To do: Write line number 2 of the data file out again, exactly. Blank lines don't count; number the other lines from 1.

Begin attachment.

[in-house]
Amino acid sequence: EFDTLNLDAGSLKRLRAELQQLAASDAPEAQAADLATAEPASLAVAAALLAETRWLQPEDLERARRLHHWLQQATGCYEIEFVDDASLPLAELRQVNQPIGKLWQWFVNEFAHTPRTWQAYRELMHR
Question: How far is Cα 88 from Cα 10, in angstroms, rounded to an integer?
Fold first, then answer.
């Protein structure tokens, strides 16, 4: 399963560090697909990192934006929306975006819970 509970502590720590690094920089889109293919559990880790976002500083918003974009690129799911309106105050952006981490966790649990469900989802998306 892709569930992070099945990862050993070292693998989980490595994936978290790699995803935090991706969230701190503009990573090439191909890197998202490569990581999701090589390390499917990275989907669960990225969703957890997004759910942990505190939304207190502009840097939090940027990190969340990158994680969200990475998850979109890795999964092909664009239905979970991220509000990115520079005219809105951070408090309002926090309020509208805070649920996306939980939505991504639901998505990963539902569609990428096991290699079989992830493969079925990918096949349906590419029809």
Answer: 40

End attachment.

Amino acid sequence: EFDTLNLDAGSLKRLRAELQQLAASDAPEAQAADLATAEPASLAVAAALLAETRWLQPEDLERARRLHHWLQQATGCYEIEFVDDASLPLAELRQVNQPIGKLWQWFVNEFAHTPRTWQAYRELMHR